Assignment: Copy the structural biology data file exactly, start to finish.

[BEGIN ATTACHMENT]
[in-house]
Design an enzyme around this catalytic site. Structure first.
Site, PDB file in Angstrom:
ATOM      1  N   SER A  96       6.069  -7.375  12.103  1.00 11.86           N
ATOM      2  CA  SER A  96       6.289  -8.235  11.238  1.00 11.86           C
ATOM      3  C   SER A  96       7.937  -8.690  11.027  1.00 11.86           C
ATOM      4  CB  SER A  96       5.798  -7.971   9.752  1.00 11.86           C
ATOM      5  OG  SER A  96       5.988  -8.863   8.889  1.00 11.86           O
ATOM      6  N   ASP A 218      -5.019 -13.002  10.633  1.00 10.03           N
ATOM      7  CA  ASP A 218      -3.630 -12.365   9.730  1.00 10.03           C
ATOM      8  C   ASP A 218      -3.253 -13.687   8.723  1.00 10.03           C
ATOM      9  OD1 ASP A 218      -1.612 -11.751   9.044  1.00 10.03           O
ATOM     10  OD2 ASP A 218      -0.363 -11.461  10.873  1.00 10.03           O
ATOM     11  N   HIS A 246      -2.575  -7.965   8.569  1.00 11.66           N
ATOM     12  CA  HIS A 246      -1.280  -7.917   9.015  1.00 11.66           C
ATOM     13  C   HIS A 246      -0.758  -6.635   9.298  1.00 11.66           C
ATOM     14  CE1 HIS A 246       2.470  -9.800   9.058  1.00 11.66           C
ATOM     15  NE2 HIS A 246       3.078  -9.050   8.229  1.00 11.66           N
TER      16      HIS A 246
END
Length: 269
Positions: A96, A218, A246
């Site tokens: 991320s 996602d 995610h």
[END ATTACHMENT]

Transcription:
[in-house]
Design an enzyme around this catalytic site. Structure first.
Site, PDB file in Angstrom:
ATOM      1  N   SER A  96       6.069  -7.375  12.103  1.00 11.86           N
ATOM      2  CA  SER A  96       6.289  -8.235  11.238  1.00 11.86           C
ATOM      3  C   SER A  96       7.937  -8.690  11.027  1.00 11.86           C
ATOM      4  CB  SER A  96       5.798  -7.971   9.752  1.00 11.86           C
ATOM      5  OG  SER A  96       5.988  -8.863   8.889  1.00 11.86           O
ATOM      6  N   ASP A 218      -5.019 -13.002  10.633  1.00 10.03           N
ATOM      7  CA  ASP A 218      -3.630 -12.365   9.730  1.00 10.03           C
ATOM      8  C   ASP A 218      -3.253 -13.687   8.723  1.00 10.03           C
ATOM      9  OD1 ASP A 218      -1.612 -11.751   9.044  1.00 10.03           O
ATOM     10  OD2 ASP A 218      -0.363 -11.461  10.873  1.00 10.03           O
ATOM     11  N   HIS A 246      -2.575  -7.965   8.569  1.00 11.66           N
ATOM     12  CA  HIS A 246      -1.280  -7.917   9.015  1.00 11.66           C
ATOM     13  C   HIS A 246      -0.758  -6.635   9.298  1.00 11.66           C
ATOM     14  CE1 HIS A 246       2.470  -9.800   9.058  1.00 11.66           C
ATOM     15  NE2 HIS A 246       3.078  -9.050   8.229  1.00 11.66           N
TER      16      HIS A 246
END
Length: 269
Positions: A96, A218, A246
């Site tokens: 991320s 996602d 995610h």